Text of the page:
COS 83-4 - Interactions between a threatened shorebird and oyster aquaculture in New Jersey: Do farms impact red knot habitat use and foraging?

Wednesday, August 9, 2017: 9:00 AM
B110-111, Oregon Convention Center
Brooke Maslo1, Brian K. Schumm2, Julie L. Lockwood3, John Curtis Burkhalter4, David Bushek5 and Joanna Burger3, (1)Rutgers Cooperative Extension, Rutgers University, (2)Ecology, Evolution and Natural Resources, Rutgers University, (3)Department of Ecology, Evolution, and Natural Resources, Rutgers University, New Brunswick, NJ, (4)Ecology and Evolution, Rutgers University, New Brunswick, NJ, (5)Marine and Coastal Sciences, Rutgers University

Oyster farming along lower Delaware Bay New Jersey, USA is growing with a rising public demand and readily available disease resistant oysters. The region is also an important migratory stopover site for the rufa red knot, a threatened shorebird, during its spring migration from wintering grounds in Argentina to breeding grounds in the Canadian Artic. The recent federal listing of the rufared knot subspecies has triggered the implementation of regulatory protections that may negatively affect the oyster culture industry in Delaware Bay. Currently, understanding of the potential impacts of oyster cultivation activities on red knot foraging is lacking. This study was designed to gather preliminary data to assess how oyster aquaculture activities affect red knot foraging and habitat use. Along an approximately 3-mile stretch of the Delaware Bayshore, we conducted a census of all accessible portions of the study area and recorded the locations and total number of shorebirds present. We also recorded data on a suite of environmental and behavioral variables thought to influence red knot presence, including the presence of aquaculture structures and oyster tending activities. Using a Bayesian statistical approach, we developed and ranked a set of candidate regression models examining the factors most significantly contributing to red knot abundance.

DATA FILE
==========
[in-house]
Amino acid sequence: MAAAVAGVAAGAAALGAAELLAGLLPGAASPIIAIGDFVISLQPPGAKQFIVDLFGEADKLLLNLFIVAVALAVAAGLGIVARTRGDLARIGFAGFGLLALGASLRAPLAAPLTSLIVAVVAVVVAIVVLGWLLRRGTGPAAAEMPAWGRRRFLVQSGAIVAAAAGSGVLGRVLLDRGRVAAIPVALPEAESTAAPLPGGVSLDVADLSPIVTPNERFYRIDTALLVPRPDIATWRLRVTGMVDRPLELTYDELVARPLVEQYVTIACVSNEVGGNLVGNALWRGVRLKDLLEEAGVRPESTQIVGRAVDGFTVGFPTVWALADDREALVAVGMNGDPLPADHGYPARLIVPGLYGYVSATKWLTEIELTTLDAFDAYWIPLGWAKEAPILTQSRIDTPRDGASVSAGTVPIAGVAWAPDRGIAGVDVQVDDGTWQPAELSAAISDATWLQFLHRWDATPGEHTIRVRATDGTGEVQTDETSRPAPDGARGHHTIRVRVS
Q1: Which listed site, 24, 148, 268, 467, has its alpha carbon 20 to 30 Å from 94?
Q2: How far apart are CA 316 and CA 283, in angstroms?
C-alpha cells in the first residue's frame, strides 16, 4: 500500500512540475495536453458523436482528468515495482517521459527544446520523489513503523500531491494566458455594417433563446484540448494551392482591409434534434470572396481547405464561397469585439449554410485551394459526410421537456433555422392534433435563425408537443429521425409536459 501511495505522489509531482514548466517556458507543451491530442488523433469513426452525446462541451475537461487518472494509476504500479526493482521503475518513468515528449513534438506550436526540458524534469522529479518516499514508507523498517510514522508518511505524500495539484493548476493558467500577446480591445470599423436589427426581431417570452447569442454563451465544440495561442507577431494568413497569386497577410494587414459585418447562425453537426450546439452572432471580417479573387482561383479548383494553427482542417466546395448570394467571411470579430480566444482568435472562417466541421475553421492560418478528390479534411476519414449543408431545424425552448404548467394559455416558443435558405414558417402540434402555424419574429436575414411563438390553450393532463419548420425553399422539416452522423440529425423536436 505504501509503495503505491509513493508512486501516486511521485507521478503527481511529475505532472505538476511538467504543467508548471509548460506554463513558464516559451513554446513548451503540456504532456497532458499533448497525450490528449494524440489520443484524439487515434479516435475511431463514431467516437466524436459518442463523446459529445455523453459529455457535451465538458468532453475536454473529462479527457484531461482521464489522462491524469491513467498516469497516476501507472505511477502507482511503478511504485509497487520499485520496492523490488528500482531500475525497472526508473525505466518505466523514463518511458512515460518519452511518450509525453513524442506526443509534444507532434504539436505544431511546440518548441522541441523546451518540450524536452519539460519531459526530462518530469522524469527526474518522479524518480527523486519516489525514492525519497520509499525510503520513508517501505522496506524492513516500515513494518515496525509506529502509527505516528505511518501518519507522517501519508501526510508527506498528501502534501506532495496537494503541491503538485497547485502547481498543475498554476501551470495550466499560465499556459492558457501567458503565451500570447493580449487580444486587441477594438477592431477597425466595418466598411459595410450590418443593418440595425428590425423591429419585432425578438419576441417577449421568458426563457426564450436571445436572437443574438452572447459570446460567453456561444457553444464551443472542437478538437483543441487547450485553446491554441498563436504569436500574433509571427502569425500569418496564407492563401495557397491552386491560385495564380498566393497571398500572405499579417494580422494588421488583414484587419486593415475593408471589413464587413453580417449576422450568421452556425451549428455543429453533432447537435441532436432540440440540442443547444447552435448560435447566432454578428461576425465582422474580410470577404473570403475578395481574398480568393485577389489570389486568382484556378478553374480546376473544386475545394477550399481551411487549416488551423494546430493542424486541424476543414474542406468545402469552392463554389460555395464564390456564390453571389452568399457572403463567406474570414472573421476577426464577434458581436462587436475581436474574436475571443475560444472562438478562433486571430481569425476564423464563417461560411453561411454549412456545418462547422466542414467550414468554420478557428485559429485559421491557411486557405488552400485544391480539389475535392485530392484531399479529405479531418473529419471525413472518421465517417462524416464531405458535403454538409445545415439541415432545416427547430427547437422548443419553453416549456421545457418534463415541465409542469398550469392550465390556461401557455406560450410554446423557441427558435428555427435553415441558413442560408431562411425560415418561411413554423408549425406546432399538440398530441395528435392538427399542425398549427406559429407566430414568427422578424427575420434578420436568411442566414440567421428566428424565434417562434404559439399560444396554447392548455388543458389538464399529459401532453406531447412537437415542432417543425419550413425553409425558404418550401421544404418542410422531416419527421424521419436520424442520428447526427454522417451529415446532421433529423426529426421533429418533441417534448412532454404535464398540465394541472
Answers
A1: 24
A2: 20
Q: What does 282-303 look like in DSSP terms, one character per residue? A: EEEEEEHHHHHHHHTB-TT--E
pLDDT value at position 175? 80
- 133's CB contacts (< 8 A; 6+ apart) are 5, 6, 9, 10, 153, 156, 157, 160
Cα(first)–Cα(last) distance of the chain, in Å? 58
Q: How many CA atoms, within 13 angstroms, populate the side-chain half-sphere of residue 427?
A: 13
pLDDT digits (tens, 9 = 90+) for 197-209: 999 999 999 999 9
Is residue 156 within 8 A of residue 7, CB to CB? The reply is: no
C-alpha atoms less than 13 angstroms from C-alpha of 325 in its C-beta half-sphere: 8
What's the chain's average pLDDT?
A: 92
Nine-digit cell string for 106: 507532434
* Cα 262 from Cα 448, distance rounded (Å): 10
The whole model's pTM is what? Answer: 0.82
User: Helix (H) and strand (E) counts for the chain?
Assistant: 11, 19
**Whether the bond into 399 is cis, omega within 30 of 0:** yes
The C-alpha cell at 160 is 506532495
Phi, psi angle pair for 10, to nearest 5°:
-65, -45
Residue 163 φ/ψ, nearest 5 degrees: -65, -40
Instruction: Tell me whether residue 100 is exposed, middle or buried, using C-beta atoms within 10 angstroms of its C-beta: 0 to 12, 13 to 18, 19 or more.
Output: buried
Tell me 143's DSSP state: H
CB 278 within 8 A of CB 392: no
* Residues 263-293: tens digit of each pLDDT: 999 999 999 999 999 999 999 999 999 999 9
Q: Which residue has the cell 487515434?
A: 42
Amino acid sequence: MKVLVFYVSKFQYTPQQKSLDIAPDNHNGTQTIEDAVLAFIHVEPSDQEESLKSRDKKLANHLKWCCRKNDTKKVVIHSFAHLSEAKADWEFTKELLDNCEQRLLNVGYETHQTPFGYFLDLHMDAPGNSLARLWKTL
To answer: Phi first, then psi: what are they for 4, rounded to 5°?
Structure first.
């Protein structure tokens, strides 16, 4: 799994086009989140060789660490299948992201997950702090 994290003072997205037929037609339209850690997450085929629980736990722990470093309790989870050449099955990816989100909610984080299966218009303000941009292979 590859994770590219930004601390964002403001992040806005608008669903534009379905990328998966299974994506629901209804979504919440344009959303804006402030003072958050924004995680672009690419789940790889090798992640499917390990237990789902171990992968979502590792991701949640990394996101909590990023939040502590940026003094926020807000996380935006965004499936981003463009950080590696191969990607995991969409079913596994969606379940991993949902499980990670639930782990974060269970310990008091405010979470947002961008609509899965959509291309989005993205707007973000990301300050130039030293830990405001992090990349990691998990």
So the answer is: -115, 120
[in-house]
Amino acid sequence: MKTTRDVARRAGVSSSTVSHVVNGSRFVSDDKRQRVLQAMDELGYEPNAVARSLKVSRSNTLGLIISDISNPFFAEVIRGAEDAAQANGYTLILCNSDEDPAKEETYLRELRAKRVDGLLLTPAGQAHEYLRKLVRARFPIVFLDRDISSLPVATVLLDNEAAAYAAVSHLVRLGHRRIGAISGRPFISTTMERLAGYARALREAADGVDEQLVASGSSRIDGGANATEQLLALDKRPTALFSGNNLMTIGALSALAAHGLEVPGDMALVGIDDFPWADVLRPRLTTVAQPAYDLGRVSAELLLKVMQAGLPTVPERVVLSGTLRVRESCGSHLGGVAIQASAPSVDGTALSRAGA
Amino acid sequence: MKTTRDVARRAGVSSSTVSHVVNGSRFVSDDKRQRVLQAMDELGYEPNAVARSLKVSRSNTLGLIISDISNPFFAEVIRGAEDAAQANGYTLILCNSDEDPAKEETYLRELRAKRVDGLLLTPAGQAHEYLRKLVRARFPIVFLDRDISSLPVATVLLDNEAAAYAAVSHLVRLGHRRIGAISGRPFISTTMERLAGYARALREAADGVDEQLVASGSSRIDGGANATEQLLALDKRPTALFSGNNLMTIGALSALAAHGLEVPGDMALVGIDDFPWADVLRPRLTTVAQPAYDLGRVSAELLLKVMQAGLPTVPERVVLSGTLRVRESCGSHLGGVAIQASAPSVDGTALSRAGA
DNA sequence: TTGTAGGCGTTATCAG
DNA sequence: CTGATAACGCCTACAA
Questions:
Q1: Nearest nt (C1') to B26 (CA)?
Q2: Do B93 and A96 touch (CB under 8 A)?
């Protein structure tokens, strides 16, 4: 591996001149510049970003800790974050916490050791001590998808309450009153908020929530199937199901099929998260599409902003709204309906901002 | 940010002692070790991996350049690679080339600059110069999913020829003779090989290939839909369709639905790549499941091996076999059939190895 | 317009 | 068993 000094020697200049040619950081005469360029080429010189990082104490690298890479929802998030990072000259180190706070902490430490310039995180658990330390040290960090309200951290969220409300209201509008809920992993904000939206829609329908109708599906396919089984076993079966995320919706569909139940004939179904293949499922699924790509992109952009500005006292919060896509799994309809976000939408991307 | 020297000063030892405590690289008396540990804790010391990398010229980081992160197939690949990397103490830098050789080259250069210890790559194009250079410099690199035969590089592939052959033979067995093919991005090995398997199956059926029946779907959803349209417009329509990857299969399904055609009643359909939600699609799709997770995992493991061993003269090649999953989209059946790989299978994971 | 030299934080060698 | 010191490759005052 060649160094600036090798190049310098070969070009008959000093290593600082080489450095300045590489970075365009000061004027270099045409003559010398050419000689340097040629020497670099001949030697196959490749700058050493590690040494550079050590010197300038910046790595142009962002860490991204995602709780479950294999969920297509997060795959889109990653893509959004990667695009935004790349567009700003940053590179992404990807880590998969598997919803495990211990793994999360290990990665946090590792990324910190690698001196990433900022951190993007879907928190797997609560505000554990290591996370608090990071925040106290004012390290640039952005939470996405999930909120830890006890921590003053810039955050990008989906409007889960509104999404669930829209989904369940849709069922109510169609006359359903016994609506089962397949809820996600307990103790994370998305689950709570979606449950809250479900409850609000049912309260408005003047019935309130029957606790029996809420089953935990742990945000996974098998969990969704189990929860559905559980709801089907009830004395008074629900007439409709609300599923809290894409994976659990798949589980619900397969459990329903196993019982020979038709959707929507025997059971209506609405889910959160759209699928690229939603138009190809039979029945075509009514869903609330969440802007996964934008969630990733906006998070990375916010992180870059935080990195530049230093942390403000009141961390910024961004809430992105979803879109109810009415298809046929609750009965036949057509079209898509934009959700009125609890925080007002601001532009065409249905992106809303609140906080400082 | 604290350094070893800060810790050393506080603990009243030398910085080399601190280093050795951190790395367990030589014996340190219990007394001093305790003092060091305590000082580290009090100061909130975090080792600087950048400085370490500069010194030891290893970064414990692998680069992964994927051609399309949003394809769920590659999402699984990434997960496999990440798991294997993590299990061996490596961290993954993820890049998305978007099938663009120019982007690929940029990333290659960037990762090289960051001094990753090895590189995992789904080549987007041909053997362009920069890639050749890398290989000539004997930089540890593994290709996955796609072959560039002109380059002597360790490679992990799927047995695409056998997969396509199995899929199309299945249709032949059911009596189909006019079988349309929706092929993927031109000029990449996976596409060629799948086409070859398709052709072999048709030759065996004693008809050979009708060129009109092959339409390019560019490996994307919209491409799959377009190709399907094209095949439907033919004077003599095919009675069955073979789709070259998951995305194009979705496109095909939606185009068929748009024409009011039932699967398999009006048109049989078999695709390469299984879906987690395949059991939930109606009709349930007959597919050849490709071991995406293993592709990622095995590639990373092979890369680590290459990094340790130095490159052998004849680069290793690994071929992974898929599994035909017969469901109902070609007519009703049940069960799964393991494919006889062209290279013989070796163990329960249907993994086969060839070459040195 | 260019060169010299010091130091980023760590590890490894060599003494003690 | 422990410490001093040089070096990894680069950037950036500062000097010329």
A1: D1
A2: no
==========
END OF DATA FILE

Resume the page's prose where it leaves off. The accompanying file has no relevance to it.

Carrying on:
Our analysis demonstrates that rising and high tides have a significant positive influence on red knot abundance with effect sizes of 2.20 (95%CI: 1.21, 2.23) and 5.38 (95%CI: 4.31, 5.37), respectively. In contrast, falling tide (-9.91, 95% CI: -11.45, -9.84) and oyster tending (-2.26, 95% CI: -5.44, -2.58) have a negative impact. Additional data in the next 2 years should increase the precision of estimated effect sizes and advance the development of red knot protections while facilitating the search for effective solutions in resolving potential conflicts between economic growth and biological conservation along the Delaware Bayshore.